Circuit Description

Transistor Ql is connected as a free-running resonant oscillator with a frequency determined by the combi­nation resonance of capacitor C3 and the primary winding of the stepup transformer, Tl. This oscillating voltage is stepped up to several thousand in the sec­ondary winding of Tl. Capacitors C4 through C15, along with diodes Dl through D12, form a full-wave voltage multiplier where the output is multiplied by six and is converted to direct current (DC). Output is taken between C5 and С15, as shown, and may be either positive or negative depending on the direc­tion of the diodes. Different values of voltage may be obtained at various taps of the capacitors. Figure 23-2 shows the connections for the taps to ihe image lube.

The base of Ql is connected to a feedback wind­ing of Tl where the oscillator voltage is at the proper

value to sustain oscillation. Resistor R2 biases the base into conduction for the initial activation. Resis­tor Rl limits the base current, wheras capacitor C2 speeds up the deactivation of Ql by supplying a neg­ative bias and capacitor Cl bypasses any high-fre – quency energy. The input power is supplied through switch SI via a “snap-in” battery clip.

Circuit Rssembly

To put the circuitry together, follow these steps:

1. Lay out and identify all the parts and pieces, checking them with the parts list. Note that some parts may sometimes vary in value. This is acceptable as all components are 10 to 20 percent iolcrant unless oiherwise noted. A length of bus wire is used lor long circuit runs.

2. Create the PB l perforated circuit board as shown in Figure 23-3. Enlarge the holes as follows:

Thirteen Vitrinch holes for the junctions of the diodes and the capacitors in the multiplier

Note that Ql may require a heatslnK II battery voltage exceeds В volts.

Vc COMMON

Circuit Description

Circuit Description

Figure 23-2 Power supply schematic

Circuit Description

Figure 23-3 Assembly board

Seven ‘/«-inch holes for mounting the switch (SI) and the external connection leads

The switch is shown attached to the assembly board but may be remotely located using interconnecting leads.

3. Assemble the board as shown in Figure 23-3. Start to insert components into the board holes as shown. Note to start and proceed from right to left, attempting to obtain the lay­out as shown.

Certain leads of the actual components will be used for connecting points and circuit runs. Do not cut or trim at this time. It is best to temporarily fold the leads over to secure the individual parts from falling out of the board holes for now

Note that the solder joints in the multiplier sec­tion, consisting of C4 through C15 and D1 through D12, should be globular shaped and smooth to pre­vent high-voltage leakage and corona. The solder globe size is that of a BB. Run your fingers over the joints and verify the absence of sharp points and pro­trusions.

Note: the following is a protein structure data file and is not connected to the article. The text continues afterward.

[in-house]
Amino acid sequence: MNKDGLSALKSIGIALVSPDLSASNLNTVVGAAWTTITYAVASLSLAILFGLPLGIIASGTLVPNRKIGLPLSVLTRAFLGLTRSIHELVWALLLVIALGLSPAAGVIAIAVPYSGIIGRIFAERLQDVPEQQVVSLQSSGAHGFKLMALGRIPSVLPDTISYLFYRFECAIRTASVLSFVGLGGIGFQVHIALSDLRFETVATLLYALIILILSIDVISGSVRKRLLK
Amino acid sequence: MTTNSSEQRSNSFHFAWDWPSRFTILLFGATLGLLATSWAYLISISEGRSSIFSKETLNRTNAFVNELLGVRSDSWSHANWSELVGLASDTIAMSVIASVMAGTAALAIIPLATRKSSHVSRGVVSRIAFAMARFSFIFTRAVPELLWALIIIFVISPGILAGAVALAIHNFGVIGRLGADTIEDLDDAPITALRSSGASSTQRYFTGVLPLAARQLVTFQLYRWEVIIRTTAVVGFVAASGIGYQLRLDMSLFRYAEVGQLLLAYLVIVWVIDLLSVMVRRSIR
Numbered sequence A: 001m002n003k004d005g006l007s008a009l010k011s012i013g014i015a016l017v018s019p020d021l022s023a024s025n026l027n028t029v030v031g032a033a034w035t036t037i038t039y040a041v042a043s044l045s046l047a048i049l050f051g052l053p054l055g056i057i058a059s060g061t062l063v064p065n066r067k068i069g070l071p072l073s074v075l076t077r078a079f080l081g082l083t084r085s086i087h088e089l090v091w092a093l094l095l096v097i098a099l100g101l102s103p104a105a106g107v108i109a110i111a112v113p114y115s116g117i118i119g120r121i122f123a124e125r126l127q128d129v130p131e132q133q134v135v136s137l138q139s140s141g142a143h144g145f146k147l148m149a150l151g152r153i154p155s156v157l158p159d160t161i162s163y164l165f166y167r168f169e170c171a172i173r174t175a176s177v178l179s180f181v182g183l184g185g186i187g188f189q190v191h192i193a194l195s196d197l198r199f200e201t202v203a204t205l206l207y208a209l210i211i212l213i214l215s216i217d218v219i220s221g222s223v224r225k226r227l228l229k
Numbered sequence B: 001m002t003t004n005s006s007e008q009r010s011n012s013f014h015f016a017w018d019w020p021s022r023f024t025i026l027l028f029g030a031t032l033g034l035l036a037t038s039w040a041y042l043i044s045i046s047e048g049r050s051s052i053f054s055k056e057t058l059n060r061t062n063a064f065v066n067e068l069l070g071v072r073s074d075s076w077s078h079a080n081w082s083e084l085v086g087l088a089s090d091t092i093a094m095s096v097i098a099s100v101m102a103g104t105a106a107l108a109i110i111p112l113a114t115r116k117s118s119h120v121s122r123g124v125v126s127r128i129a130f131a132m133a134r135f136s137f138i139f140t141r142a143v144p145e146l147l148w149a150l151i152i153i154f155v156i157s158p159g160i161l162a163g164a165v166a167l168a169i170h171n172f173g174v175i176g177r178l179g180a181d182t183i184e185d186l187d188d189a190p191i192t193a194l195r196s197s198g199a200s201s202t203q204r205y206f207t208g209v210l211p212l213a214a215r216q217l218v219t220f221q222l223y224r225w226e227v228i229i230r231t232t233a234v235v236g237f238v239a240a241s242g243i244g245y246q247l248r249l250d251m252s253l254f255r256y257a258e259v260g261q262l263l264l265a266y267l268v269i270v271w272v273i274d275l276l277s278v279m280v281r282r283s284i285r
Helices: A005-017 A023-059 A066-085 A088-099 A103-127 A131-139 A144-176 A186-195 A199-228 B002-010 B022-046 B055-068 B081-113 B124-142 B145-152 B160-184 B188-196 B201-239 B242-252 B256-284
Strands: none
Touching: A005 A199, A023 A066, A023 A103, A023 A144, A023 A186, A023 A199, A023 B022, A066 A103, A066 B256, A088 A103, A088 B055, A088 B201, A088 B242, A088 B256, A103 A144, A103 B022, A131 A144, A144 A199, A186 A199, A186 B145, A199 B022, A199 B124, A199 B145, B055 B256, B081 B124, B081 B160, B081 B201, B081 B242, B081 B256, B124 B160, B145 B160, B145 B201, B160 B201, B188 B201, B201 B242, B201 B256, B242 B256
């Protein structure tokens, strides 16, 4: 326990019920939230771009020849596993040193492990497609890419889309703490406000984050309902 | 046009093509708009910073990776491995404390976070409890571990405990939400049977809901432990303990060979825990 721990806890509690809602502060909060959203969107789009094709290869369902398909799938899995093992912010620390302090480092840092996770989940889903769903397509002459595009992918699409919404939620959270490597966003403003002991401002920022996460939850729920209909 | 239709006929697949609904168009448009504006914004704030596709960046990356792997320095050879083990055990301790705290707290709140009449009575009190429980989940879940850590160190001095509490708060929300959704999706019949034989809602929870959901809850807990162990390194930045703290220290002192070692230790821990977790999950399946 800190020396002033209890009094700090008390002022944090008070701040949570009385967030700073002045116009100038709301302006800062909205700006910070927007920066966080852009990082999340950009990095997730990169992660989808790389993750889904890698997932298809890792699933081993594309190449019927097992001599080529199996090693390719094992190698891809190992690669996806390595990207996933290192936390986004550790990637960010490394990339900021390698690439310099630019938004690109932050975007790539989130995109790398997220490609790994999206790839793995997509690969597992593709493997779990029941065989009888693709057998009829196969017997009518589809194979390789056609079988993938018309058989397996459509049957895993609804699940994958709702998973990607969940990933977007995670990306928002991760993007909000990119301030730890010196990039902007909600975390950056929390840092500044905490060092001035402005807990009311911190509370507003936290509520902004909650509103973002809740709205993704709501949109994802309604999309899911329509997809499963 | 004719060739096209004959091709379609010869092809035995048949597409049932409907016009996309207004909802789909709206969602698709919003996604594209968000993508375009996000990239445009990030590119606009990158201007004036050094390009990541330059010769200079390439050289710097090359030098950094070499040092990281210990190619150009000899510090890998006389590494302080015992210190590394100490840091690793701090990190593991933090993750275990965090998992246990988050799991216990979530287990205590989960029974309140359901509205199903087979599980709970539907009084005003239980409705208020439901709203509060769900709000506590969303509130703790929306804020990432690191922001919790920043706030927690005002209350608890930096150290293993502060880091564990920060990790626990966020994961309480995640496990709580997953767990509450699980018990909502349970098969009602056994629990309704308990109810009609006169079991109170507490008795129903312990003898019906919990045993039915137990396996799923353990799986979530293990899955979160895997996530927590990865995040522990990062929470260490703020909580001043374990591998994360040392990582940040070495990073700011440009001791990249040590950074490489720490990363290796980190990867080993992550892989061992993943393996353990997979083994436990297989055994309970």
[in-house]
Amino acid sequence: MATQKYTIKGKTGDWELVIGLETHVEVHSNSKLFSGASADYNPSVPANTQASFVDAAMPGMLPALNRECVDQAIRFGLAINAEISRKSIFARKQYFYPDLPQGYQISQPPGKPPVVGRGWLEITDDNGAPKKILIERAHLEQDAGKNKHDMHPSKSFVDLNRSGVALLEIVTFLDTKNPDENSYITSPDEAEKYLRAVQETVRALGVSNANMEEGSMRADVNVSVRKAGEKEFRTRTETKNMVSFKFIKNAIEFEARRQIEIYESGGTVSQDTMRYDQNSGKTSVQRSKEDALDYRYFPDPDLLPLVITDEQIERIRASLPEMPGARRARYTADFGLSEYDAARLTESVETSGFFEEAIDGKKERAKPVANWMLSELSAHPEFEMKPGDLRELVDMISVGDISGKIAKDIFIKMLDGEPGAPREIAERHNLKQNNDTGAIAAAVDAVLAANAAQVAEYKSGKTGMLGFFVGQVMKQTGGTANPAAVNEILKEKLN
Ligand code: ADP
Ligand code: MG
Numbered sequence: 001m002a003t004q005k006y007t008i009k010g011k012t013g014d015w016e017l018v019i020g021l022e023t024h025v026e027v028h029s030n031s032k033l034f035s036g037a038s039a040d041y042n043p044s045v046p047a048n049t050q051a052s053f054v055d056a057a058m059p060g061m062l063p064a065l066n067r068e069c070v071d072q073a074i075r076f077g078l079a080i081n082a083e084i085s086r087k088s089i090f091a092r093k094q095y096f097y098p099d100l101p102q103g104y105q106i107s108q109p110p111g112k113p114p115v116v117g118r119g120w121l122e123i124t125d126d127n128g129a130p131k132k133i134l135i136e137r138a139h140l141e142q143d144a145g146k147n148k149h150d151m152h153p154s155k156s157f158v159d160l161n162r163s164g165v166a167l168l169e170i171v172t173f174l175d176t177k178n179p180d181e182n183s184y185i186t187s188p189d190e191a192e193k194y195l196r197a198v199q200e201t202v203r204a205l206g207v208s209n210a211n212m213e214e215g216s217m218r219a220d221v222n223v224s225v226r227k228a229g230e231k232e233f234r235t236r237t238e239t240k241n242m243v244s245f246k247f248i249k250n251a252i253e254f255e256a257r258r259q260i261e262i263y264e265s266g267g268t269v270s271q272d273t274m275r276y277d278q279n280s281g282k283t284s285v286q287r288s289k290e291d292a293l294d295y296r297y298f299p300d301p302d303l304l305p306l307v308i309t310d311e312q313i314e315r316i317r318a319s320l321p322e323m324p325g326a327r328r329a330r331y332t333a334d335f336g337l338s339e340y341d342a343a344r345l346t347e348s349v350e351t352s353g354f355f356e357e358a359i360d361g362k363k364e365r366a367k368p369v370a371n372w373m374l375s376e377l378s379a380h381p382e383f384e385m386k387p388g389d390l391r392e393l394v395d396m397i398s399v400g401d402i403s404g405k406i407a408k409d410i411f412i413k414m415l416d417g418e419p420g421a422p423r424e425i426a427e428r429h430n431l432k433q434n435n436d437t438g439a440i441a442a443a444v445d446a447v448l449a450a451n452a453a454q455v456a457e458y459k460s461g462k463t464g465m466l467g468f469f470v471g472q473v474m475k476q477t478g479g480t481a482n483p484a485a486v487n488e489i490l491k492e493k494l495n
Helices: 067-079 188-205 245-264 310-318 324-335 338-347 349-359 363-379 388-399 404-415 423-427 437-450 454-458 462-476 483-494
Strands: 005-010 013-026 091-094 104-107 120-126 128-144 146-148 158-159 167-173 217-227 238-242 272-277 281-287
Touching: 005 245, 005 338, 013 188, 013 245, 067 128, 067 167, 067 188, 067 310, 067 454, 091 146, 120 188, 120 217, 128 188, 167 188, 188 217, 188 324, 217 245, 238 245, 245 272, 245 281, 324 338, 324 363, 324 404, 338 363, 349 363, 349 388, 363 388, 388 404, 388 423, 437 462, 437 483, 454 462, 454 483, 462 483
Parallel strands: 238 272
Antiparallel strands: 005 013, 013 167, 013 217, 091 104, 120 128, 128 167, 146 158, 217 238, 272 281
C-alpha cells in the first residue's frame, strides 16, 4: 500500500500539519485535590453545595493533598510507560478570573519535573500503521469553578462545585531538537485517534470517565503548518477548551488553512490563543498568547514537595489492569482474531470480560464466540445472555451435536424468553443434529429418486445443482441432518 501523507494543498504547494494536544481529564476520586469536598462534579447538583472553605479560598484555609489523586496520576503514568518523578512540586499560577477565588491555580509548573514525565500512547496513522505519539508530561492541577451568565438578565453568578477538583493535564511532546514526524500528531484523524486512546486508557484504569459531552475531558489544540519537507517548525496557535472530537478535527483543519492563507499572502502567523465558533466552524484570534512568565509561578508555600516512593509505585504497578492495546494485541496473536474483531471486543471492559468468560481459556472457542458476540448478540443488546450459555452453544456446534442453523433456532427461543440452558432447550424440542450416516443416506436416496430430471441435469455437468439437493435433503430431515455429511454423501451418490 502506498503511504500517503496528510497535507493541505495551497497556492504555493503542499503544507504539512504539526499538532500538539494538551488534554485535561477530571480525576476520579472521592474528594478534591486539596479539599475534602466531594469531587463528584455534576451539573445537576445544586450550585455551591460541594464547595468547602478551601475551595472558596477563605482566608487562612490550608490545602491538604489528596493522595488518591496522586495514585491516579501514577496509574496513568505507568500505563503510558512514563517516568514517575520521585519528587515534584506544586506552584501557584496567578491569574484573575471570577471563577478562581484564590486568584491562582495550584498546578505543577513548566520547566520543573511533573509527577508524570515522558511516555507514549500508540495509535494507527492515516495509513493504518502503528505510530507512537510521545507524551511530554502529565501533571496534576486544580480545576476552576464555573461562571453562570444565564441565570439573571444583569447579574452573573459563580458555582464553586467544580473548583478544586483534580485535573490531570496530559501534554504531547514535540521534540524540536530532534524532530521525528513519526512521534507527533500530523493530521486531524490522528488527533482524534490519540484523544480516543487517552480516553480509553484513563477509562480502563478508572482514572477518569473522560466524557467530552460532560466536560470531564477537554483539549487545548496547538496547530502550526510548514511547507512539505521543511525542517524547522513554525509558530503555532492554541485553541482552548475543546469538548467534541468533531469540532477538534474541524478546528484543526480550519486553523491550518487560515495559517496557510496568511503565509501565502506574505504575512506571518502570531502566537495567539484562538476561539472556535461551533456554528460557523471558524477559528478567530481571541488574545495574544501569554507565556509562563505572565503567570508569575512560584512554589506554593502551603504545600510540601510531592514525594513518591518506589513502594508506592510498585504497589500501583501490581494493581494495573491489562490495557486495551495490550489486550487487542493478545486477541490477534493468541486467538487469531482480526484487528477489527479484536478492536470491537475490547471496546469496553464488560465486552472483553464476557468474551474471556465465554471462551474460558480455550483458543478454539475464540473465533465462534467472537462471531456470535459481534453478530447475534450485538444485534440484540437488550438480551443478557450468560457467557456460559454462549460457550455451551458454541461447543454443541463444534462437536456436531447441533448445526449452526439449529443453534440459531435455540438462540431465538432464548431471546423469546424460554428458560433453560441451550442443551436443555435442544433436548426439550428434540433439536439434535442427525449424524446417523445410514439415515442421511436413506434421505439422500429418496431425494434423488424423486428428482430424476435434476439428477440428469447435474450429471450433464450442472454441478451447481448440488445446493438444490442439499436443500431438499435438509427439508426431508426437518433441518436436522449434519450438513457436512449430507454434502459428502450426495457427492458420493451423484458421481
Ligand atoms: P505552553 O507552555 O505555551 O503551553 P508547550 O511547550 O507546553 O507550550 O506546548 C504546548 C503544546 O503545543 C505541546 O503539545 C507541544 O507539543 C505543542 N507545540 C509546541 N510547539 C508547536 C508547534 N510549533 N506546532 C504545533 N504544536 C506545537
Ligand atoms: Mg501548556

Also note thatTl is laying on its side and uses short pieces of bus wire soldered to its pins as exten – r ч sions for connections to the circuit board.

W

Circuit Board Testing

To test the circuit board, follow these steps:

1. Separate high-voltage output leads approxi­mately 1 inch from one another.

2. Connect 9 volts to the input and note a cur­rent draw of approximately 150 to 200 mil – liamperes when SI is pressed.

3. Decrease the separation of the high-voltage leads until a thin, bluish discharge occurs, usu­ally between Чг to 3A of an inch. Note the cur­rent input increasing. The increased value depends on the length of the spark, corona, and so on, but should not exceed 300 mil-

1 і amperes.

4. Check the collector tab of Ql and add a small heatsink if too hot to touch. A heatsink tab is shown in Figure 22-4 (Chapter 22).

For those with a scope, it may be interesting to note the wave shape at the collector tab, as shown in Figure 23-2. Note this is without any sparking occurring.

Note the takeoff point for the focus lead. This point is approximately at ‘k the output voltage. The unit may be powered up to 12 volts-direct current

Circuit Description

Figure 23-4 X-ray view showing innards

(VDC) but will positively require a heatsink on the tabofQl.

This unit is capable of producing 10 to 20 Kv from a small, standard Ч-volt battery. It is built on a printed circuit hoard (PCB) or a small piece of perforated cir­cuit board and can easily be housed or enclosed, as the application requires. Applications include power­ing image converter uibes for night vision devices, ignition circuits for flame-throwing or – producing units, capacitor charging for energy storage, shocking clectric fences, insect eradication, Kirlian photogra­phy, ion propulsion electric field generators, ozone producing, and more.

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